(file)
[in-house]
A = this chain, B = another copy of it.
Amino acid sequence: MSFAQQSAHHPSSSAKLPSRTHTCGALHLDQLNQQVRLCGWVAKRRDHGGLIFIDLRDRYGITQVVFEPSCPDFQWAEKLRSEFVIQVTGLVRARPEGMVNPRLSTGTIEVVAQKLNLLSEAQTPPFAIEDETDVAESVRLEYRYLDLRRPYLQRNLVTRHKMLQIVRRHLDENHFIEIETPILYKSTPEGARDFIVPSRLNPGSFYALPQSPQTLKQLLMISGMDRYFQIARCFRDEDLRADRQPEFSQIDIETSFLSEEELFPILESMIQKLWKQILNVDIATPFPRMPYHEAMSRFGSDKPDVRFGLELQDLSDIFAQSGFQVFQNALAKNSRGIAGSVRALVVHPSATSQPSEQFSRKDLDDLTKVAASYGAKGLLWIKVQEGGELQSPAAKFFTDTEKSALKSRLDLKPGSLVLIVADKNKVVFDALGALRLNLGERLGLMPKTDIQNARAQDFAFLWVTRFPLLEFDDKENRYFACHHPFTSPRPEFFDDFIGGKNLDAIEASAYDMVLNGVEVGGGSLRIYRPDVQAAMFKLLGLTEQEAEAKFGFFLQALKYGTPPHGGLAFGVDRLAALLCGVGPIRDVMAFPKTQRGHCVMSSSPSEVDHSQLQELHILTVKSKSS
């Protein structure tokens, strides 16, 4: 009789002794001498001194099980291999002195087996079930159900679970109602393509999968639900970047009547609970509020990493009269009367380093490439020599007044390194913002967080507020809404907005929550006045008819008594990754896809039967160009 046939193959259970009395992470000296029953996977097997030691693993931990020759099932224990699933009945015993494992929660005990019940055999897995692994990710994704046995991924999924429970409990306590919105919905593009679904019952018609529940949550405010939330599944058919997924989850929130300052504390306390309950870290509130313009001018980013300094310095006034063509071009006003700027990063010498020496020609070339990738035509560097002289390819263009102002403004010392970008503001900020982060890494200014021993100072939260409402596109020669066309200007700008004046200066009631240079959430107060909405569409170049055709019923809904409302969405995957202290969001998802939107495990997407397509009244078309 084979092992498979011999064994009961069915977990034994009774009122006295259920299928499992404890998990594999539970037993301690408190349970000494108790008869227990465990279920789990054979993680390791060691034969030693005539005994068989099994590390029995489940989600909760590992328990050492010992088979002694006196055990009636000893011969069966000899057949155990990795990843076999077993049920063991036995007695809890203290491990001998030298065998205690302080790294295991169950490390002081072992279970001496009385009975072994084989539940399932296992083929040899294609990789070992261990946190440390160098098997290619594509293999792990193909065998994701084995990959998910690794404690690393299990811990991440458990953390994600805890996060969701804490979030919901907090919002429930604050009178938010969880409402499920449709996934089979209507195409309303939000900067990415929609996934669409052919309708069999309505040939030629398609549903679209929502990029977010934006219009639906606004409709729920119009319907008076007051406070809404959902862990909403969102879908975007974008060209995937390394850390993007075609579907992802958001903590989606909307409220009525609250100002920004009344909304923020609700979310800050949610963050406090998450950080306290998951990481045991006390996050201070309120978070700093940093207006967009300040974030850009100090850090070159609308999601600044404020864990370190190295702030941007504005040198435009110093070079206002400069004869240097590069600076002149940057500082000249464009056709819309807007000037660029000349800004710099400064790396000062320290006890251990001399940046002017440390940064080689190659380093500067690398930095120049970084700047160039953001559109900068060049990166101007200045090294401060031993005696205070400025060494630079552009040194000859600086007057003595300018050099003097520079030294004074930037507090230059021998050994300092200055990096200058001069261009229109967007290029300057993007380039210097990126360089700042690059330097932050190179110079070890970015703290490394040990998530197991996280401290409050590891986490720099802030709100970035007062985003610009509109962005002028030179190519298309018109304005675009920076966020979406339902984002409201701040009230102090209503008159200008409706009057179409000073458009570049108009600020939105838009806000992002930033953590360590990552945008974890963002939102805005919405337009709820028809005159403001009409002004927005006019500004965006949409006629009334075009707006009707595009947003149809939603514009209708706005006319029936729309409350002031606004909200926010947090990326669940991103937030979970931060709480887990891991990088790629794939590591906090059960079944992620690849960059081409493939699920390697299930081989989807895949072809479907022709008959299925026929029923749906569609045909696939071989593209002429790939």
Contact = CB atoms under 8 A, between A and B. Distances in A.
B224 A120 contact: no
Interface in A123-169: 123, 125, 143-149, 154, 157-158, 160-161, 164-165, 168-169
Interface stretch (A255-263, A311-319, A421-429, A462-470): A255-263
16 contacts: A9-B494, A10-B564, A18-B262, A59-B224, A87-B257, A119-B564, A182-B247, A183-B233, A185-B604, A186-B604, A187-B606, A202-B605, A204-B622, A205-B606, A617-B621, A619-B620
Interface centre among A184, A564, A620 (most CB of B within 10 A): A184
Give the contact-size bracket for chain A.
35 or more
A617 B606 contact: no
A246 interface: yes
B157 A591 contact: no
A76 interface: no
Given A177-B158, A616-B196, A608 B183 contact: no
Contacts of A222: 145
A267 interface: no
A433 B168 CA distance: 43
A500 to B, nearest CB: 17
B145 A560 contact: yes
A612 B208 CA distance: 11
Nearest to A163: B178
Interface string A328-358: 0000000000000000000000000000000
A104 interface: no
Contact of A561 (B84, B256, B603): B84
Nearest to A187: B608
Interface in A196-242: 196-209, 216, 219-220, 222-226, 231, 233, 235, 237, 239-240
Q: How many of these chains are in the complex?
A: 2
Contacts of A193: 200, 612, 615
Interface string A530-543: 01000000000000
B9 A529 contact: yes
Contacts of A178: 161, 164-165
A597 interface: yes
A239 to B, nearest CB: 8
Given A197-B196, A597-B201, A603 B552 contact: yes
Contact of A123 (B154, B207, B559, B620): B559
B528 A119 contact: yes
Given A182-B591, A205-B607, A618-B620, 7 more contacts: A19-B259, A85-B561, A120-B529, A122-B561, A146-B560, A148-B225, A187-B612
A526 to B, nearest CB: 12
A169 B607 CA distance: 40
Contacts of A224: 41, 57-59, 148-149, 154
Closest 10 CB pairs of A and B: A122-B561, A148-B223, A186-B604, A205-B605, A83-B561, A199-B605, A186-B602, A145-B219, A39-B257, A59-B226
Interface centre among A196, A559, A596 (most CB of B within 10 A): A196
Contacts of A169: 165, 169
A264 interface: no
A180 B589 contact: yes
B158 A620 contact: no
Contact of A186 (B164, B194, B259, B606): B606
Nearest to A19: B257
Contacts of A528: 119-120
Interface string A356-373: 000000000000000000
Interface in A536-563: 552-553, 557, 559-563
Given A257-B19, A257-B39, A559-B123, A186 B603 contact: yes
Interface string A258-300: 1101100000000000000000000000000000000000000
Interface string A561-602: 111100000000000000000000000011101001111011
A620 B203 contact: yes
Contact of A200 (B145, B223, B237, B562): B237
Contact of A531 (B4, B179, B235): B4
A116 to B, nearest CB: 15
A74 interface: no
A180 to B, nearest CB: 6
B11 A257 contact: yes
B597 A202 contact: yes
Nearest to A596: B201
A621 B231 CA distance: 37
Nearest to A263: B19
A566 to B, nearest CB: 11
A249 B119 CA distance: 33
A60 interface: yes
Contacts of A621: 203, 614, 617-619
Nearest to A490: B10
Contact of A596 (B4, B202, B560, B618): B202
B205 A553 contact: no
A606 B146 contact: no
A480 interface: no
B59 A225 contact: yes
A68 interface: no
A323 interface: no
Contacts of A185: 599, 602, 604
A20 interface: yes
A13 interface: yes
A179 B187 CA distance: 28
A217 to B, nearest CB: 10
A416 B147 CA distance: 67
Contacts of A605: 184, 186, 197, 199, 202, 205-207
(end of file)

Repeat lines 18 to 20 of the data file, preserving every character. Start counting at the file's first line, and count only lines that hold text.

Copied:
Contacts of A222: 145
A267 interface: no
A433 B168 CA distance: 43